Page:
Small-cap growth stocks rose in the second quarter but lagged large-caps and small-cap value stocks in a topsy-turvy market. We saw strong outperformance by the fastest-growing small-cap stocks (especially biotechnology, Internet/social media, and software-as-a-service companies) early in the year, significant underperformance by these high-growth companies in March and April, and a pickup in June. The economy has continued showing signs of sustaining moderate growth. While the first quarter had a larger-than-expected decline in gross domestic product, many indicators are signaling better economic performance in the second quarter.
The Diversified Small-Cap Growth Fund returned 3.05% in the quarter compared with 2.33% for the MSCI US Small Cap Growth Index and 0.52% for the Lipper Small-Cap Growth Funds Index. For the 12 months ended June 30, 2014, the fund returned 27.34% versus 28.02% for the MSCI US Small Cap Growth Index and 21.74% for the Lipper Small-Cap Growth Funds Index. The fund's average annual total returns were 27.34%, 23.80%, and 10.25% for the 1-, 5-, and 10-year periods, respectively, as of June 30, 2014. The fund's expense ratio was 0.82% as of its fiscal year ended December 31, 2013.
For up-to-date standardized total returns, including the most recent month-end performance, please click on the Performance tab, above.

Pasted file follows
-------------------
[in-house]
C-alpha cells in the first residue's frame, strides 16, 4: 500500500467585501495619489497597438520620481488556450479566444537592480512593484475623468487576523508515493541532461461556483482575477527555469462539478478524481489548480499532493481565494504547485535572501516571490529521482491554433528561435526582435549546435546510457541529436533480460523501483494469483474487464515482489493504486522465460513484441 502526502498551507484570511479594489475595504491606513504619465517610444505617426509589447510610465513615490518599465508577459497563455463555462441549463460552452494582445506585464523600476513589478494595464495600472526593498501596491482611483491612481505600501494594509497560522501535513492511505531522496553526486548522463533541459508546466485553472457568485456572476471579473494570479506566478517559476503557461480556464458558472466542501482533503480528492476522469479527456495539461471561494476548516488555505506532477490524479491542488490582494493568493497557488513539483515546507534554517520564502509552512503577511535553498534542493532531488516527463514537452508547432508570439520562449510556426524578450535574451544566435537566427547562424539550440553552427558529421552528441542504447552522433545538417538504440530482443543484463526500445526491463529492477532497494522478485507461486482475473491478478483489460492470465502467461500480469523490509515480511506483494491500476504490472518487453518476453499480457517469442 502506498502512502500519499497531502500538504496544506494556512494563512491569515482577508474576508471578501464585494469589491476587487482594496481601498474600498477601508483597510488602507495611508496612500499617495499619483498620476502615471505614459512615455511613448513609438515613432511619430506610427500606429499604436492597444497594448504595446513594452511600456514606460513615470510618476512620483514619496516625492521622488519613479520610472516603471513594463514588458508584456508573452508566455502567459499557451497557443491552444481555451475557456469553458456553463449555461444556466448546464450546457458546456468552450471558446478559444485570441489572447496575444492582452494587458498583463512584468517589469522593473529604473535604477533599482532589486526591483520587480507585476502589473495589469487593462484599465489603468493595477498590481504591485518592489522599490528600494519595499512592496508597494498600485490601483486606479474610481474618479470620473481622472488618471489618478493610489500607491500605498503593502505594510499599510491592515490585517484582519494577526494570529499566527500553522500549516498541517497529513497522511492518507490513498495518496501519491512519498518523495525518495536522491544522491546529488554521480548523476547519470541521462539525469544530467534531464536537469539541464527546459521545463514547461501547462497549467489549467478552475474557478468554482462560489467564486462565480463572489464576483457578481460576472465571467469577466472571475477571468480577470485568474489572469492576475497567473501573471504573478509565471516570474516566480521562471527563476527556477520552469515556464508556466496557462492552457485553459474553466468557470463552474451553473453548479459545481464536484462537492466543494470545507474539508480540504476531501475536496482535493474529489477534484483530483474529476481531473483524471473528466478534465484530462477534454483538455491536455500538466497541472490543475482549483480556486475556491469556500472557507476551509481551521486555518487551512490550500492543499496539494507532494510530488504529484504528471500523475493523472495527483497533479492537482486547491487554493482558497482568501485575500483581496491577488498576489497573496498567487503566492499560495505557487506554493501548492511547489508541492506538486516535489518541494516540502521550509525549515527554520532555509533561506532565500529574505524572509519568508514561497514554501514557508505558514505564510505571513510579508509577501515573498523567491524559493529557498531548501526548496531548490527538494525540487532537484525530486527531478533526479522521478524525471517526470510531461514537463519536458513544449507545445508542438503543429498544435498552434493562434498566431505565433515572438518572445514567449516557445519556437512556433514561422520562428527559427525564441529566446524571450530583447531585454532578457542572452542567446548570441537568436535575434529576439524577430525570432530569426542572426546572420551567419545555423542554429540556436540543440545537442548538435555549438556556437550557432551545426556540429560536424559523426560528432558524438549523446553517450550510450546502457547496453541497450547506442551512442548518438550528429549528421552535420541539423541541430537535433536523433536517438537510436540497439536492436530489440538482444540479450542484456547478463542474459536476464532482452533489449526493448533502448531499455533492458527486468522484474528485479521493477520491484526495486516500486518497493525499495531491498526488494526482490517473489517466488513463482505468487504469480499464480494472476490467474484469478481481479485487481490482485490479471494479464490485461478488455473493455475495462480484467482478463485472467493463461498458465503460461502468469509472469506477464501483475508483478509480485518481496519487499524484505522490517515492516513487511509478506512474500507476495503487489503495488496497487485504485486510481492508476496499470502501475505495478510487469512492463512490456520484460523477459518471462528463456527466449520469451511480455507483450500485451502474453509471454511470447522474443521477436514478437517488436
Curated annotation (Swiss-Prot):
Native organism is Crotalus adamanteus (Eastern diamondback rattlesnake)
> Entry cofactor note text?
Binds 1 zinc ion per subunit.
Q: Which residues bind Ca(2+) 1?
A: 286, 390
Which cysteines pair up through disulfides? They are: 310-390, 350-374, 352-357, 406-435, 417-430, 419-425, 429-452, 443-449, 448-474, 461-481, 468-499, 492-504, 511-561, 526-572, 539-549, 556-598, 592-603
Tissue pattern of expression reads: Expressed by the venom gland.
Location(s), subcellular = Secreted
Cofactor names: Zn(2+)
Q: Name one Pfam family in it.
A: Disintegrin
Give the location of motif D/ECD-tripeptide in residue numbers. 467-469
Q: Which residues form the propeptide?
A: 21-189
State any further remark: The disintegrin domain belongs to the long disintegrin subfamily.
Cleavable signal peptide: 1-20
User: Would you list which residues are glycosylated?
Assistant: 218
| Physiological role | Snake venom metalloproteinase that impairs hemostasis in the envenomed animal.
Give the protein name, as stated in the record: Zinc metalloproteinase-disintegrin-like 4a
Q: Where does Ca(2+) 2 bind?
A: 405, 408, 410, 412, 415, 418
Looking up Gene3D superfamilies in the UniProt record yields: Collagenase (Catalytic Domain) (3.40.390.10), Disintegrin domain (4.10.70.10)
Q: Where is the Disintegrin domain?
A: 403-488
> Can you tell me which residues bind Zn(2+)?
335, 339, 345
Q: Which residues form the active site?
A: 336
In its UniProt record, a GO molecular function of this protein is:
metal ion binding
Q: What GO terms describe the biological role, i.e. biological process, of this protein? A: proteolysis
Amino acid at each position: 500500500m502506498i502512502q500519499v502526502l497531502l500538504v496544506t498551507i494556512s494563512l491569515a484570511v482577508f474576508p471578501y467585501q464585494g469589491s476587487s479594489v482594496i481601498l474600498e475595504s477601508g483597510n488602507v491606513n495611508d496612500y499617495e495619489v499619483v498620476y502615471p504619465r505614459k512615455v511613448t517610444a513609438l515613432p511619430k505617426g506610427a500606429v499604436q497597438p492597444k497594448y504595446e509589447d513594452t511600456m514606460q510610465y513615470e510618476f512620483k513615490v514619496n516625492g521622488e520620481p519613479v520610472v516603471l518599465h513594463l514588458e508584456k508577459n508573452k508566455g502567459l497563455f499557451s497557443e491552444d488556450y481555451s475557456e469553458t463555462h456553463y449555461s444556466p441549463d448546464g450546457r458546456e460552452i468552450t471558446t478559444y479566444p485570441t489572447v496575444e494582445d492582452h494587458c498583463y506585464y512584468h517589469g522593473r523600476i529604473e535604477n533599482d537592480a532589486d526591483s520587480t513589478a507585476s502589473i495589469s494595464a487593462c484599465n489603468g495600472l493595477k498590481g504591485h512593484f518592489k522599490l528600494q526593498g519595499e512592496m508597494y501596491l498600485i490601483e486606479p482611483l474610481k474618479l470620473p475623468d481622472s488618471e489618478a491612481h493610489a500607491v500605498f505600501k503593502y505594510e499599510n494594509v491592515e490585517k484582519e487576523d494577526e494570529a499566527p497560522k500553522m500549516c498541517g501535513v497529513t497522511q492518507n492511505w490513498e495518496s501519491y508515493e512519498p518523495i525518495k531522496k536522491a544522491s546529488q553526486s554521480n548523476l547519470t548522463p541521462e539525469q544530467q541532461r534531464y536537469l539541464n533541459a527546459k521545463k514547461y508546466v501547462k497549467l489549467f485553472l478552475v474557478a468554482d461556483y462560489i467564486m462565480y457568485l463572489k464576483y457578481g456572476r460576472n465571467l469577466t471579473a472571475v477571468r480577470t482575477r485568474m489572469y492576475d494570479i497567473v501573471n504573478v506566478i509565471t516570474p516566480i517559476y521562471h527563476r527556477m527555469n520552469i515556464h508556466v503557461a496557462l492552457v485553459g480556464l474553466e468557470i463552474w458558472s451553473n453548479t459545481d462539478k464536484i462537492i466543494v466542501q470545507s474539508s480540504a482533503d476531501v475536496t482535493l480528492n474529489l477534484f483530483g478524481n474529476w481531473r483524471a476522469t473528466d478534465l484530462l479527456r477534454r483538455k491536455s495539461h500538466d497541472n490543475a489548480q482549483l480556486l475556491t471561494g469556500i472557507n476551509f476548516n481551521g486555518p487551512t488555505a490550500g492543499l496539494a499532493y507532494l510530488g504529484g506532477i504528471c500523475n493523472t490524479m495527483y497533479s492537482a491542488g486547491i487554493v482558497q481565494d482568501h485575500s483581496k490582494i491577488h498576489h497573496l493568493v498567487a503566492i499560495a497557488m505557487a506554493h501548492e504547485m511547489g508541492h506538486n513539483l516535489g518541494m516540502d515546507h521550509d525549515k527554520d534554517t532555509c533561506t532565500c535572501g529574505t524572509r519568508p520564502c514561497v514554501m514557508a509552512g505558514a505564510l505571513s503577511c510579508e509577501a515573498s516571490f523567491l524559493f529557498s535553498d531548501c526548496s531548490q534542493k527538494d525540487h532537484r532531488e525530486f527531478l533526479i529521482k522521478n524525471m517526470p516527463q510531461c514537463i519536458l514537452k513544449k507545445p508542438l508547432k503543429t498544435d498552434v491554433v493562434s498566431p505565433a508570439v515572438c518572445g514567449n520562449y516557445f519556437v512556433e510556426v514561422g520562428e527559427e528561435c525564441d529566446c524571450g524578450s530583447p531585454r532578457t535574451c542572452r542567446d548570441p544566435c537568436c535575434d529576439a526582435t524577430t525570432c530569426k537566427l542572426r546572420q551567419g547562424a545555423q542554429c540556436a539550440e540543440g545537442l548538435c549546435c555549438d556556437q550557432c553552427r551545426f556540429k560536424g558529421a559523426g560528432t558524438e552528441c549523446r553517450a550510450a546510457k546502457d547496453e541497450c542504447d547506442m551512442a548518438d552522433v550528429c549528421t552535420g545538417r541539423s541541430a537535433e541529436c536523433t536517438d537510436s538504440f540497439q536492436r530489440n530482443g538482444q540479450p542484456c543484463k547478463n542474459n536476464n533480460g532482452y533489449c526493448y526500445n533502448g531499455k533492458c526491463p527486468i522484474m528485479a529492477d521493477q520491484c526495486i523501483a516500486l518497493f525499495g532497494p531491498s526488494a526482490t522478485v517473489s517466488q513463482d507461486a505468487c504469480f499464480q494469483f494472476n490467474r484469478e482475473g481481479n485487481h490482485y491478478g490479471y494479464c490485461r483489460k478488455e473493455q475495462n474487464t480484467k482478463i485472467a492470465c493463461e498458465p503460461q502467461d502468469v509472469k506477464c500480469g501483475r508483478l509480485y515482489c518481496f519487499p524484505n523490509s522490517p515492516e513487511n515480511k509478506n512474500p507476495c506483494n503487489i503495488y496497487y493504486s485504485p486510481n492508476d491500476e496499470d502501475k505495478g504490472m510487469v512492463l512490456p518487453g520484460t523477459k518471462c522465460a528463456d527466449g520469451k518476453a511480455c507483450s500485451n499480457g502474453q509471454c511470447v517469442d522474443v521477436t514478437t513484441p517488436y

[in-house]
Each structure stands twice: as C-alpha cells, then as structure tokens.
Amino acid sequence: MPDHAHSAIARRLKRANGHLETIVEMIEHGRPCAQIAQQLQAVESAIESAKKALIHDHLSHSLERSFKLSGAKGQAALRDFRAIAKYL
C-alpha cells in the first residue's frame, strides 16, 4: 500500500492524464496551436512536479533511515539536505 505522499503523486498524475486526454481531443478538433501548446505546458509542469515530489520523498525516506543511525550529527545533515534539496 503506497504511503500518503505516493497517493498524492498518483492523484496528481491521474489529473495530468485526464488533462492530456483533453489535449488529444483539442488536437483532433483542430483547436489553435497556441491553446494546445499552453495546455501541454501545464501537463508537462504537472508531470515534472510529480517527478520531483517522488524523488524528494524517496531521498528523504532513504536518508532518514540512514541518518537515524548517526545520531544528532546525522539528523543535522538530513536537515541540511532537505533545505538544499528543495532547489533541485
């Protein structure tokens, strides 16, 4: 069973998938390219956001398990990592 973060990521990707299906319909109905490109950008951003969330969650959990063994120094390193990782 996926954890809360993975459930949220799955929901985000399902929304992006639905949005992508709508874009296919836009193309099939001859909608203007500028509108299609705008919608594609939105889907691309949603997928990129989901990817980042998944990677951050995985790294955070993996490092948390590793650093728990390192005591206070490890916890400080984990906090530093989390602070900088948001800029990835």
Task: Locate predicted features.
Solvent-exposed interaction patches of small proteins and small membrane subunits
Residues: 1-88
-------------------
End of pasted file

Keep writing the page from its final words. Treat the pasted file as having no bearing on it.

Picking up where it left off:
Current performance may be lower or higher than the quoted past performance, which cannot guarantee future results.
Share price, principal value, and return will vary and you may have a gain or loss when you sell your shares.
The Diversified Small-Cap Growth Fund charges a 1%
redemption fee on shares held 90 days or less.
The performance information shown does not reflect the deduction of the redemption fee;
if it did, the performance would be lower.
Fund performance versus the MSCI benchmark was helped by good stock selection in the information technology, industrials and business services, and health care sectors. However, our investments in the consumer discretionary, financials, and materials sectors underperformed their benchmark peers. The fund's sector allocations, which typically resemble those of the index, had little impact on relative performance. Having neutral sector weights helps us avoid risks due to large moves in any one sector. While stock selection is based on a quantitative model, we also take into consideration T. Rowe Price's fundamental equity research and, given the unusual economic environment, macroeconomic conditions.
Small-cap growth stocks have performed very well over the last five years, but given the small-cap valuation premium versus large-cap stocks, we believe that investors should temper their performance expectations. There are some signs of excess and high-risk behavior in parts of the capital markets, such as heightened initial public offering and merger activity, which should encourage investors to embrace a healthy dose of caution. Also, given the significant appreciation we've seen in recent years, we are finding it somewhat more difficult to find small growth companies with attractive attributes and reasonable valuations.